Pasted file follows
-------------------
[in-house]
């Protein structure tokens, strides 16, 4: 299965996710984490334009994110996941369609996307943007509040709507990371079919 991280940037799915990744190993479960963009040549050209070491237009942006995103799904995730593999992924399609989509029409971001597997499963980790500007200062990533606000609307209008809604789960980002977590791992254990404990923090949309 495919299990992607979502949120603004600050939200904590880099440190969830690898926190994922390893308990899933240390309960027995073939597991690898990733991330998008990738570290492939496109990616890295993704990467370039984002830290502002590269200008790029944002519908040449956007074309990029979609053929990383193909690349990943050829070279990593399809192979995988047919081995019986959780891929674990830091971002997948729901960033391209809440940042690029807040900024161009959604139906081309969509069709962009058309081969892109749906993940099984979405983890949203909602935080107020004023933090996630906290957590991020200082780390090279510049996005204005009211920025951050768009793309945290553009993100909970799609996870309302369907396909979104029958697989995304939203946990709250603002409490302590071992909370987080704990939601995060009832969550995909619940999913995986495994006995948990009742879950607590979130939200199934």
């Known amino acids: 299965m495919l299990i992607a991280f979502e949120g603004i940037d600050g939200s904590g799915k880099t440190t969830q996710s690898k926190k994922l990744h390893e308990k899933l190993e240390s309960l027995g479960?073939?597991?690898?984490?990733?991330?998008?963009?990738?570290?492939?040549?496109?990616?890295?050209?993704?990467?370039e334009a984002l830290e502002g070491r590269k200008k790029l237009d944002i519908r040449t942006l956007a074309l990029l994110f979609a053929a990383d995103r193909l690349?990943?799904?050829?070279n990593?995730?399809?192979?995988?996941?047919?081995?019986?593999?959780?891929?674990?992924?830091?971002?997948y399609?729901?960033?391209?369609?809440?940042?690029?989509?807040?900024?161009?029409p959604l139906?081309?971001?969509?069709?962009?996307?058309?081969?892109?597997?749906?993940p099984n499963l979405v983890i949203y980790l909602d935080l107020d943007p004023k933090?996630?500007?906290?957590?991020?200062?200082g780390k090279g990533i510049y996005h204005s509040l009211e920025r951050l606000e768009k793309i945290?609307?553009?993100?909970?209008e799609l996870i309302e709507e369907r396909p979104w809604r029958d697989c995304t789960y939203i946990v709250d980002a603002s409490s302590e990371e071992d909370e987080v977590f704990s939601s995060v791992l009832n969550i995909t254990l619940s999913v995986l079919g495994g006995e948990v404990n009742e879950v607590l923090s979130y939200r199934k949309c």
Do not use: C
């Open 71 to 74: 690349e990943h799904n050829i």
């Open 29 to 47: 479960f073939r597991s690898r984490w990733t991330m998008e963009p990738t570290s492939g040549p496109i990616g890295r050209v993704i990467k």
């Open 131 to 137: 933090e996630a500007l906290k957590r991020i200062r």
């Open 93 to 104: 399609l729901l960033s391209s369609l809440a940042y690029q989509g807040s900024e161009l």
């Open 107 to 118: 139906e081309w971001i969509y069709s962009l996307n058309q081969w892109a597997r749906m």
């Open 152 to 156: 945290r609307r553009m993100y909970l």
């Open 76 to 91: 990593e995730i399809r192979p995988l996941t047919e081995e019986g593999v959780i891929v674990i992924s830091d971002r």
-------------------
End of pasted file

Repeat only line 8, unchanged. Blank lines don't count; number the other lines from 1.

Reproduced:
């Open 93 to 104: 399609l729901l960033s391209s369609l809440a940042y690029q989509g807040s900024e161009l």